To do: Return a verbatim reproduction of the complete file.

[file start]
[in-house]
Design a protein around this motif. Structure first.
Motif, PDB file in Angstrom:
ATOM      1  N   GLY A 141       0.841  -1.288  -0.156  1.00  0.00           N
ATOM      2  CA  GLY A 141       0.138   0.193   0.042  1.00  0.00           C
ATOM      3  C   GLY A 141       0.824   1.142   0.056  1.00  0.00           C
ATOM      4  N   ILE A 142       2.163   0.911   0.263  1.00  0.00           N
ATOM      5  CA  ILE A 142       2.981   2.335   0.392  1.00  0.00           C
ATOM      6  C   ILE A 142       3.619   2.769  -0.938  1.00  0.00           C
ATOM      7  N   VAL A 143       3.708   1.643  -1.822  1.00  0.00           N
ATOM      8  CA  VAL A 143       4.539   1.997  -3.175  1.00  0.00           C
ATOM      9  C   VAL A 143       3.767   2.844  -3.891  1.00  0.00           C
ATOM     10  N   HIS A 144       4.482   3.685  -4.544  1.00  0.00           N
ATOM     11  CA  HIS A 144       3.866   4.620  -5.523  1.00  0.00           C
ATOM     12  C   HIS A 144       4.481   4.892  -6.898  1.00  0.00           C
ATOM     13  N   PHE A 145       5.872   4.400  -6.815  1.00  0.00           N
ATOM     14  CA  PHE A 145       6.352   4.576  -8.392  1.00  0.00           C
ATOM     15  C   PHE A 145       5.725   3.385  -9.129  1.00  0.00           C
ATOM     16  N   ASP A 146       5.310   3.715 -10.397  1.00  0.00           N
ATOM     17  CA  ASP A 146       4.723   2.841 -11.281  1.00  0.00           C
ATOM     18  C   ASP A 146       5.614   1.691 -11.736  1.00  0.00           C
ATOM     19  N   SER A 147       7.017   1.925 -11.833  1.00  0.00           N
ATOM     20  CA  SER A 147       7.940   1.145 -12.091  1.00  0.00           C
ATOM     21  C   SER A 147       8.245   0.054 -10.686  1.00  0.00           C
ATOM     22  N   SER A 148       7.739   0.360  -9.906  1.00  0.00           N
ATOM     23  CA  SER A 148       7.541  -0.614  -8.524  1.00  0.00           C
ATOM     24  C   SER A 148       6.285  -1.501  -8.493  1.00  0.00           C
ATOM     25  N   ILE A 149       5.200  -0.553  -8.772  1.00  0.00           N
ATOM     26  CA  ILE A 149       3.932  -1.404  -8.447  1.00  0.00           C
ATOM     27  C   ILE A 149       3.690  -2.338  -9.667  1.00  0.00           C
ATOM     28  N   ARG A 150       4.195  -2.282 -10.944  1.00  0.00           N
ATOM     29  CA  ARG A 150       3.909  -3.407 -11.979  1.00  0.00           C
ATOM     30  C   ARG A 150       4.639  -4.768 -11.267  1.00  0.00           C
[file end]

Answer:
[in-house]
Design a protein around this motif. Structure first.
Motif, PDB file in Angstrom:
ATOM      1  N   GLY A 141       0.841  -1.288  -0.156  1.00  0.00           N
ATOM      2  CA  GLY A 141       0.138   0.193   0.042  1.00  0.00           C
ATOM      3  C   GLY A 141       0.824   1.142   0.056  1.00  0.00           C
ATOM      4  N   ILE A 142       2.163   0.911   0.263  1.00  0.00           N
ATOM      5  CA  ILE A 142       2.981   2.335   0.392  1.00  0.00           C
ATOM      6  C   ILE A 142       3.619   2.769  -0.938  1.00  0.00           C
ATOM      7  N   VAL A 143       3.708   1.643  -1.822  1.00  0.00           N
ATOM      8  CA  VAL A 143       4.539   1.997  -3.175  1.00  0.00           C
ATOM      9  C   VAL A 143       3.767   2.844  -3.891  1.00  0.00           C
ATOM     10  N   HIS A 144       4.482   3.685  -4.544  1.00  0.00           N
ATOM     11  CA  HIS A 144       3.866   4.620  -5.523  1.00  0.00           C
ATOM     12  C   HIS A 144       4.481   4.892  -6.898  1.00  0.00           C
ATOM     13  N   PHE A 145       5.872   4.400  -6.815  1.00  0.00           N
ATOM     14  CA  PHE A 145       6.352   4.576  -8.392  1.00  0.00           C
ATOM     15  C   PHE A 145       5.725   3.385  -9.129  1.00  0.00           C
ATOM     16  N   ASP A 146       5.310   3.715 -10.397  1.00  0.00           N
ATOM     17  CA  ASP A 146       4.723   2.841 -11.281  1.00  0.00           C
ATOM     18  C   ASP A 146       5.614   1.691 -11.736  1.00  0.00           C
ATOM     19  N   SER A 147       7.017   1.925 -11.833  1.00  0.00           N
ATOM     20  CA  SER A 147       7.940   1.145 -12.091  1.00  0.00           C
ATOM     21  C   SER A 147       8.245   0.054 -10.686  1.00  0.00           C
ATOM     22  N   SER A 148       7.739   0.360  -9.906  1.00  0.00           N
ATOM     23  CA  SER A 148       7.541  -0.614  -8.524  1.00  0.00           C
ATOM     24  C   SER A 148       6.285  -1.501  -8.493  1.00  0.00           C
ATOM     25  N   ILE A 149       5.200  -0.553  -8.772  1.00  0.00           N
ATOM     26  CA  ILE A 149       3.932  -1.404  -8.447  1.00  0.00           C
ATOM     27  C   ILE A 149       3.690  -2.338  -9.667  1.00  0.00           C
ATOM     28  N   ARG A 150       4.195  -2.282 -10.944  1.00  0.00           N
ATOM     29  CA  ARG A 150       3.909  -3.407 -11.979  1.00  0.00           C
ATOM     30  C   ARG A 150       4.639  -4.768 -11.267  1.00  0.00           C